What is Dead Hand Provision?

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  • 06 Dec 2023
What is Dead Hand Provision?

Key Highlights

  • A dead-hand provision is a strategy for blocking takeovers by giving new shares to everyone except the hostile bidder who wants to buy the company.
  • The value of shares that the acquirer already owns is diluted, and its percentage of ownership is reduced, making it more expensive to take over.
  • Management cannot prohibit dead hand provisions because they can only be revoked by the approved board.

A dead-hand provision is a method businesses employ to respond to another that has started acquiring the former in a hostile manner. A dead hand provision and a requirement for new shares to be issued on the market is also a deadly poison pill. When a company knows that an unwanted acquirer has acquired enough of its shares from the secondary market, it issues new shares in a high volume, which dilutes the shares acquired by the unwanted acquirer. As a result of dilution, its holding in the unwanted acquirer will decrease below the specified amount so that it cannot obtain the company.

A dead-hand provision would make a takeover bid prohibitively expensive for the interested parties. This prevents potential acquirers from submitting an offer directly to shareholders or a newly elected board of directors. This would require the shareholders to retain their current management since it is they who can regain a poison pill.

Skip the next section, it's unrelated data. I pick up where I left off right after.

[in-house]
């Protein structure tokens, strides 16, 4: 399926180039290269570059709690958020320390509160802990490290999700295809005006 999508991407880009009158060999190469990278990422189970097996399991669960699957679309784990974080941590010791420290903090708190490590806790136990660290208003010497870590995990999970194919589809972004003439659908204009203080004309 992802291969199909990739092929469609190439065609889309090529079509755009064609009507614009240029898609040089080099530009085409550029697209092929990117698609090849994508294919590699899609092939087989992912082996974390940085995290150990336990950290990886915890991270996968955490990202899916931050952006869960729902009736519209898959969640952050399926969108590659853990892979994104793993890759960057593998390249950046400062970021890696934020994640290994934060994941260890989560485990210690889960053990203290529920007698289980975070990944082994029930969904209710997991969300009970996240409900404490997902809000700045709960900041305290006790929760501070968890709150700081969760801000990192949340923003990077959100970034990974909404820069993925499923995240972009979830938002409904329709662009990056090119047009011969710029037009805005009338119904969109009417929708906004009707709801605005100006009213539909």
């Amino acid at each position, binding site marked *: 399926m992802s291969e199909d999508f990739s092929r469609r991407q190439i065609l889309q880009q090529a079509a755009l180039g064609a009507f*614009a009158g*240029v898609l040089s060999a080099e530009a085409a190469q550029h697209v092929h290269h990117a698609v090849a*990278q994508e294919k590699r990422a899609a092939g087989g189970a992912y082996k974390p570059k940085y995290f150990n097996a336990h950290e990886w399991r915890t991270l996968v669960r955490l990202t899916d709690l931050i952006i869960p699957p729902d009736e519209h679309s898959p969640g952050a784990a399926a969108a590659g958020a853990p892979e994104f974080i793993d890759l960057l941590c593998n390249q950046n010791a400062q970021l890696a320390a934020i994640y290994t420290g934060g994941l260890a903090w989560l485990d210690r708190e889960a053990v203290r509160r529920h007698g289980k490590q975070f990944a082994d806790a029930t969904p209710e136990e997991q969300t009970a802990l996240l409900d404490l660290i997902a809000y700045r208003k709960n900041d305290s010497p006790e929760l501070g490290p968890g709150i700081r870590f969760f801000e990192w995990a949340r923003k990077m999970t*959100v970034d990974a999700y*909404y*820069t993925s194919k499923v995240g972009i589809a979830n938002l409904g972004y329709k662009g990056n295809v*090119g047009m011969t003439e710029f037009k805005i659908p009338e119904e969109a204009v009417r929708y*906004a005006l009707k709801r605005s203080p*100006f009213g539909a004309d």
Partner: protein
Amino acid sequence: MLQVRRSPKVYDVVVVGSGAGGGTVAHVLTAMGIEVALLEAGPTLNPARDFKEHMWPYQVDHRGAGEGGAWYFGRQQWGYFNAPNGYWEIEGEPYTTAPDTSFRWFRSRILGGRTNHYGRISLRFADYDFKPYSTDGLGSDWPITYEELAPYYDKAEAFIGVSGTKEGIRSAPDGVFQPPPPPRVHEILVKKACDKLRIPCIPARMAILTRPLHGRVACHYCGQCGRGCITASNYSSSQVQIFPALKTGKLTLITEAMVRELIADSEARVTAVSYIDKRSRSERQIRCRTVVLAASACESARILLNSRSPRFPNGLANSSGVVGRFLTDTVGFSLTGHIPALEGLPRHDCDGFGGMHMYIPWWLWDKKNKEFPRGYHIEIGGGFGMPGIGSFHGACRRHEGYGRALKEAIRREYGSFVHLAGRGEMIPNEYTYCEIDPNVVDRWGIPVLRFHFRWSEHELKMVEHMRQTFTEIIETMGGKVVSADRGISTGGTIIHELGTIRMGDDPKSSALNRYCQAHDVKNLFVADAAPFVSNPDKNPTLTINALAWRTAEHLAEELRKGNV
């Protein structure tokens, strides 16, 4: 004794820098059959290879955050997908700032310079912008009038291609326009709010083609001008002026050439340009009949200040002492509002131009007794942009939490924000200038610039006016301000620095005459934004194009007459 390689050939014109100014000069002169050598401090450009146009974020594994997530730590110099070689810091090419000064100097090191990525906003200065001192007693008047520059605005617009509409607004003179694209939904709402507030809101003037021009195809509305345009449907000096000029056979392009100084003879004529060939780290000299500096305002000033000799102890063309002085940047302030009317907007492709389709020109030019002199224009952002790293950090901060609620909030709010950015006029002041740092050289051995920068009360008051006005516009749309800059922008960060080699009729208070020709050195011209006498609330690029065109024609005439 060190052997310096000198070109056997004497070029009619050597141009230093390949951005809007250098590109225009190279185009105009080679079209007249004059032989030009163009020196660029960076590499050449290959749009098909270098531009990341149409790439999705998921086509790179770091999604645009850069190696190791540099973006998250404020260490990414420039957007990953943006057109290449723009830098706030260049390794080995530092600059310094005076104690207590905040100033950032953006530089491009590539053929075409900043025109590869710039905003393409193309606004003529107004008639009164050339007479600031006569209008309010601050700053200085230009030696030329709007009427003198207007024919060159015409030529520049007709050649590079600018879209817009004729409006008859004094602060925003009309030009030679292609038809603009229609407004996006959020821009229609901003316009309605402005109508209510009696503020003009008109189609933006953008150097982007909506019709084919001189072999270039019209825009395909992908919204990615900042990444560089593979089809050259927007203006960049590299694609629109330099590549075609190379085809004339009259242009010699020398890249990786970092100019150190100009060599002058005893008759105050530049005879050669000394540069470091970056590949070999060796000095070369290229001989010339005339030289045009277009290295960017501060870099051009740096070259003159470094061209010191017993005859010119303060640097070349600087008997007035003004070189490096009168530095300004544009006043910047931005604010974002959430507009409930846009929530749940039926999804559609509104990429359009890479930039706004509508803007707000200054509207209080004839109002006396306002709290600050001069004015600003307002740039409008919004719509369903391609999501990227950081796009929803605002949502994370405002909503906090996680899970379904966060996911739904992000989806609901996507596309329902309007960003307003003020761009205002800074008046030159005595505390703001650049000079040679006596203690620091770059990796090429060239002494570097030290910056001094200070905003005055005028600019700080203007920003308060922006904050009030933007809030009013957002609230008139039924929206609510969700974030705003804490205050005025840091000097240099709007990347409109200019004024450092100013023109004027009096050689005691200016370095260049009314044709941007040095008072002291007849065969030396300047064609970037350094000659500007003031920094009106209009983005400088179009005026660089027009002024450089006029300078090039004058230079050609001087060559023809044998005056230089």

Using the hostile takeover procedure, a company called XYZ is trying to acquire a company called PQR. It's buying 1,00,000 shares at the current price of Rs. 500, which is 10% of the company. PQR has no intention of having XYZ acquire it but cannot prohibit its secondary market shares from being acquired. Therefore, it knew that XYZ had a 10% holding in the company and could exercise its voting rights and have an effect on the board's decisions.

PQR issues 1,000,000 new shares, bringing the company's total outstanding shares to 1,000,000 in an attempt to prevent a hostile acquisition. This is done by using the dead-hand provision approach. As the supply increases and demand remains the same, the share price falls. Now, if XYZ wants to get back to 10%, it's going to have to buy another 1,00,000 shares, which is going to be expensive. The hostile takeover plan fails, allowing PQR to avoid the hostile takeover because XYZ will not spend more to maintain the same ownership.

Most firms with poison pills tend to avoid hostile takeover bids, helping them maintain their independence. Below are some of the effects of Dead Hand Poison pills on enterprises.

1. Use as bargaining instruments

The dead hand poison pill is occasionally used to negotiate to obtain the best conditions from bidders. The management's negotiating position is strengthened, and freshly elected directors cannot override them, mainly due to the inclusion of a pill that grants the current directors the ability to redeem it. The shareholders could elect a new board of directors, approving any deal that increases the shareholder value, if no poison pill were available. In a business environment where opportunistic acquirers initiate hostile takeover bids against failing or undercapitalised companies, management may also use dead hands to manage the company's future.